Thirty-three properties are infected with the cattle disease Mycoplasma bovis.

That's three more than at the same time last week, according to today's update from the Ministry for Primary Industries.

Canterbury remains the most affected region, with 18 infected properties (IPs). Thirty-four Canterbury properties have been cleared. Elsewhere in the South Island, Otago has six IPs, Southland two and Tasman one. Overall 58 South Island properties have been cleared.

There are six North Island IPs, one in Northland, two in Manawatū and three in Waikato. Ten North Island properties have been cleared.


Seventy-four properties, including the 33 IPs, are on Restricted Place Notice.

Click here to enlarge map

The notice prohibits all unauthorised movements of farm stock and other risk goods on to and off the property to minimise the chance of the disease spreading.

Transport vehicles must follow a cleaning and disinfection process when they leave a restricted place.

MPI said today that as of this week it had paid more than $50 million in compensation to farmers affected by Mycoplasma bovis.

It said if farmers needed assistance with claims, the DBCAT team was available to provide support. They can be contacted on 0800 32 22 81 with more information here.

In May last year, the Government and farming sector leaders agreed to a phased eradication plan, rather than long-term management of the bacterial cattle disease.

The Government estimated the total expected response cost over 10 years to be $870 million, including compensation to farmers, of which it was paying $591 million, the dairy sector $262 million and the beef sector $17.4 million. The full cost of eradication, $886 million, includes the $870 million and $16 million loss of production, borne by farmers.


MPI said 810 claims had been received, of which 504 were completed or with part payments. The value of claims assessed stood at $61.7 million.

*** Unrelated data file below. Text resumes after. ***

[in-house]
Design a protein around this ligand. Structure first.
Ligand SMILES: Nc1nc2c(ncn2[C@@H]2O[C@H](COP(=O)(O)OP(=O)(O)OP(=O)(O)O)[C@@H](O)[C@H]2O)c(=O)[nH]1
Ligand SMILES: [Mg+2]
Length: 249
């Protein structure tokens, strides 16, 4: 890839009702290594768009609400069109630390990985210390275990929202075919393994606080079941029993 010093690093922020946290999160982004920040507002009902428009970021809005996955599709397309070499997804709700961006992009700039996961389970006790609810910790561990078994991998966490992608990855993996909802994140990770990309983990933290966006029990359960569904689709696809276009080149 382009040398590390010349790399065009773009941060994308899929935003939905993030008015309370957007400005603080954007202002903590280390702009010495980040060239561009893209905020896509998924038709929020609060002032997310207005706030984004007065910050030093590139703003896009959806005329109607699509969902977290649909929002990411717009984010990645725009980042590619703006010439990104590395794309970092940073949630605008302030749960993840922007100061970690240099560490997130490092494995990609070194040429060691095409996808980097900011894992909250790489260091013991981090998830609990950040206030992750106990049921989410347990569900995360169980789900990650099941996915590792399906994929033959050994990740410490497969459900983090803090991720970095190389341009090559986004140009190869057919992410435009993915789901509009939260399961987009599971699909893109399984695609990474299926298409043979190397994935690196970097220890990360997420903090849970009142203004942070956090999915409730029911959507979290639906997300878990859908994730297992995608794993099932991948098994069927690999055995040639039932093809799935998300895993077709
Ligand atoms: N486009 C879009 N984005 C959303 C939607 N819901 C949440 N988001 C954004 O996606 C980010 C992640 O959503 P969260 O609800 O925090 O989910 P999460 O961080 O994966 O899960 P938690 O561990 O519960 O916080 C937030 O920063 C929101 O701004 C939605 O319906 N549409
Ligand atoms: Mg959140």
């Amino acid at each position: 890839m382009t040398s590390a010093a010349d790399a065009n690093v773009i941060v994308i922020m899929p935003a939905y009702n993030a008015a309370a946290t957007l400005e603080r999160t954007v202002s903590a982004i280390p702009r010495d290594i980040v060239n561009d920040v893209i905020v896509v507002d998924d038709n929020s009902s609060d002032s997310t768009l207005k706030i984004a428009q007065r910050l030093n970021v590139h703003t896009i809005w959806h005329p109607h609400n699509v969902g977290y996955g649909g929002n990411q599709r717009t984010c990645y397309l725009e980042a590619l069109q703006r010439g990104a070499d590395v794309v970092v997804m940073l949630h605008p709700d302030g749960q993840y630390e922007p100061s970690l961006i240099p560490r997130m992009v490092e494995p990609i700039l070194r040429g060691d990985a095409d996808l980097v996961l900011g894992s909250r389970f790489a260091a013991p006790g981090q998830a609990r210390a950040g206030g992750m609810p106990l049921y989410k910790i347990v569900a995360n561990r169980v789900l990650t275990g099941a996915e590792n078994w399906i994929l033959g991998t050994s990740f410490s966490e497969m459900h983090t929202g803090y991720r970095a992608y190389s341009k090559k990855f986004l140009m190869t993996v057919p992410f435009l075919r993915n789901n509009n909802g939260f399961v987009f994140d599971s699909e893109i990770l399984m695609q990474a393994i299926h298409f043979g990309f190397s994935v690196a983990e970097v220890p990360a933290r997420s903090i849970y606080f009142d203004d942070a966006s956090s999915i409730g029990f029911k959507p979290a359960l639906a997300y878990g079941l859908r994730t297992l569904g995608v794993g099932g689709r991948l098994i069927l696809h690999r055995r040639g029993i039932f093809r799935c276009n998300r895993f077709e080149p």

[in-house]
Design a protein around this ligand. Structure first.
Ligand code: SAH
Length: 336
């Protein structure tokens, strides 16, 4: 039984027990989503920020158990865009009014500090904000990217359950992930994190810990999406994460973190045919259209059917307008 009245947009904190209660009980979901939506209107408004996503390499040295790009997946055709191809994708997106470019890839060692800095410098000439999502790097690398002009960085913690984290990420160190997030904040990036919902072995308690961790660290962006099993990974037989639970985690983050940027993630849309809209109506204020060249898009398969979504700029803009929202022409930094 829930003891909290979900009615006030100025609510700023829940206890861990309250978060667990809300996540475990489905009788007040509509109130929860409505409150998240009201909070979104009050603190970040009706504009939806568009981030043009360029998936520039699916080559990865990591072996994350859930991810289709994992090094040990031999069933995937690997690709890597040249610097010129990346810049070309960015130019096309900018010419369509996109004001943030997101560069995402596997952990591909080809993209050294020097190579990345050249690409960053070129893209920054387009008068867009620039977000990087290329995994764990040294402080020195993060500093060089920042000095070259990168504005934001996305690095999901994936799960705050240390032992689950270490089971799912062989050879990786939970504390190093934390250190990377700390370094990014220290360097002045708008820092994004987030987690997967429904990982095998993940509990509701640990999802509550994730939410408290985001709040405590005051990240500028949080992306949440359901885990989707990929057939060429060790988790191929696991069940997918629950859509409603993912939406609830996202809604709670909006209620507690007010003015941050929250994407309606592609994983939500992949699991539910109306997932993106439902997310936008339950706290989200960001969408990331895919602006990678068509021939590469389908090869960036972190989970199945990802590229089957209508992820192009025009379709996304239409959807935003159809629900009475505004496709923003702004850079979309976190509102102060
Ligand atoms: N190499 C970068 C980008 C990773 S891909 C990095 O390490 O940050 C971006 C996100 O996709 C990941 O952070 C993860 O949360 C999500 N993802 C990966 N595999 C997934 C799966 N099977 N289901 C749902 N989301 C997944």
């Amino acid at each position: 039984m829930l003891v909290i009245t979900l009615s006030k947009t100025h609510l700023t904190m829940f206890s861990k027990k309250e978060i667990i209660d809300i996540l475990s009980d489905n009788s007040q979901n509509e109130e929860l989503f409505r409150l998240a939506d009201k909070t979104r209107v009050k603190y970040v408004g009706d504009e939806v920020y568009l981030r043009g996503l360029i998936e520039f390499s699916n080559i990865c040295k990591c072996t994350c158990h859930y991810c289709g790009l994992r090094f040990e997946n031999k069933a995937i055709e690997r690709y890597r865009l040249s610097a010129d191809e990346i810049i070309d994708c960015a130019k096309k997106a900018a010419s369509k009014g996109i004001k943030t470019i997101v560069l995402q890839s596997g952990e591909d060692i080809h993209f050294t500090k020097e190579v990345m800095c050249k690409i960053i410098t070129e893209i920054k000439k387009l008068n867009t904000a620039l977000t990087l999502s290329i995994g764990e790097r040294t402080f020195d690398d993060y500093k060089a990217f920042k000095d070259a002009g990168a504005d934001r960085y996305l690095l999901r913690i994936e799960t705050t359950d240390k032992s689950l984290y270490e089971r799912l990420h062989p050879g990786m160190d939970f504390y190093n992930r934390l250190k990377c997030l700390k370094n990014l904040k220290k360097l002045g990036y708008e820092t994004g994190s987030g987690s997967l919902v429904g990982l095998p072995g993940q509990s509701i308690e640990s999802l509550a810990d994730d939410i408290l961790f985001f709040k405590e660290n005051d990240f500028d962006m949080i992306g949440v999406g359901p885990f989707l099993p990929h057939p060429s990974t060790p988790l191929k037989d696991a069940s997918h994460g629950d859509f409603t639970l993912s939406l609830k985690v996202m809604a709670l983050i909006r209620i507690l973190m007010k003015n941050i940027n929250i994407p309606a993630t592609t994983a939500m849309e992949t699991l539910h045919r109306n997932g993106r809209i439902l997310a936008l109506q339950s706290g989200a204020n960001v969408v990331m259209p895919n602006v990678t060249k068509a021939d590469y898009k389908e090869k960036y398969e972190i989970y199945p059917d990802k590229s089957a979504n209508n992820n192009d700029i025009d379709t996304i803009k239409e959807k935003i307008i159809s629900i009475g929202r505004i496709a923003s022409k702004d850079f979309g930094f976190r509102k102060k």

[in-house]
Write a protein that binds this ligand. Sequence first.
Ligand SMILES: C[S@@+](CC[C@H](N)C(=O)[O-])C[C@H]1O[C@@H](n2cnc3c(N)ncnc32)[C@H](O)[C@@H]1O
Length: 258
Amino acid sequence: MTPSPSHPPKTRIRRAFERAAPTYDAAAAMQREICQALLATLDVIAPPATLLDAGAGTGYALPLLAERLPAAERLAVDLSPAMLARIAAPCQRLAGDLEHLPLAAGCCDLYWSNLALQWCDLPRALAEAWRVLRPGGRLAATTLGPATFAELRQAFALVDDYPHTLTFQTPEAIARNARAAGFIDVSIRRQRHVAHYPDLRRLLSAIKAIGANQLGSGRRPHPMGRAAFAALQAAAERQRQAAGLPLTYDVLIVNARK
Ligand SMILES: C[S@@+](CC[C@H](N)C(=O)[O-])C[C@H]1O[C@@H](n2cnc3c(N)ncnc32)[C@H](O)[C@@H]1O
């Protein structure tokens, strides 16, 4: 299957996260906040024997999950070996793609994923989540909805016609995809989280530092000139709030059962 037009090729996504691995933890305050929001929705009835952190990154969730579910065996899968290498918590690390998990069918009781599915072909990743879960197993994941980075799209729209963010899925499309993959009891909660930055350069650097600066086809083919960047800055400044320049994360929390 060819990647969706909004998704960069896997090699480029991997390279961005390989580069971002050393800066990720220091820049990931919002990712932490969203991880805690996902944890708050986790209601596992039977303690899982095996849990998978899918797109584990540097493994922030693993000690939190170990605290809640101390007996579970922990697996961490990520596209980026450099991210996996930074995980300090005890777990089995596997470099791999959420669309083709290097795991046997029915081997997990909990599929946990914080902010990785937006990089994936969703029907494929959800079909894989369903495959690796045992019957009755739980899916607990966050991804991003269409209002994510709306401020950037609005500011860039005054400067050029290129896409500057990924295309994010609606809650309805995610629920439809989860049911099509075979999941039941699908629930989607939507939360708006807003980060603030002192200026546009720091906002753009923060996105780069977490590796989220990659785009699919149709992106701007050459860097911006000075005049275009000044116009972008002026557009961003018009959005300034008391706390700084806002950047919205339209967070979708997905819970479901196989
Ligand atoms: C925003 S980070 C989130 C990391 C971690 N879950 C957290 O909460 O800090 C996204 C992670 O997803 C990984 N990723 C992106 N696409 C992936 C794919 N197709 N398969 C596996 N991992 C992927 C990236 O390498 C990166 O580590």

Meetings to discuss the Mycoplasma bovis programme's progress will be held in Havelock North and Kaikohe on April 15 and April 30 respectively. The meetings are open to all interested people, and attendees will have the opportunity to ask questions.

Details below:
Monday April 15 – Havelock North
Havelock North Function Centre, 30 Te Mata Road
10.30am to12pm – meeting for affected farmers
12.30pm to 2pm – Public meeting

Tuesday April 30 – Kaikohe
Kaikohe RSA, 158 Broadway
10.30am to 12pm – meeting for affected farmers
12.30pm to 2pm – Public meeting

Meanwhile, cattle and deer owners are being reminded to update NAIT details before the March 31 deadline. MPI said it was mandatory for everyone to get this done.

The NAIT scheme is New Zealand's system for identifying and tracing cattle and deer.

"All you need to do is check and/or update your contact details, herd enterprise - the activity you undertake, such as running a breeding or drystock herd - and identify any other species managed on your property," MPI said in a statement.

"It should take you about 15 minutes, and will help NAIT more accurately identify properties and NAIT locations through a new mapping tool added to the system last month. This will help fix some the common frustrations that was identified by people using NAIT."

MPI said recorded movements had increased by a fifth compared with the previous year. There were also 27 more MPI compliance officers on ground to beef up the robustness of the cattle and deer records contained in NAIT.

MPI also said it had redeveloped its flow charts that map out the Mycoplasma bovis eradication programme process to paint a clearer picture of what to expect. You can find the charts here.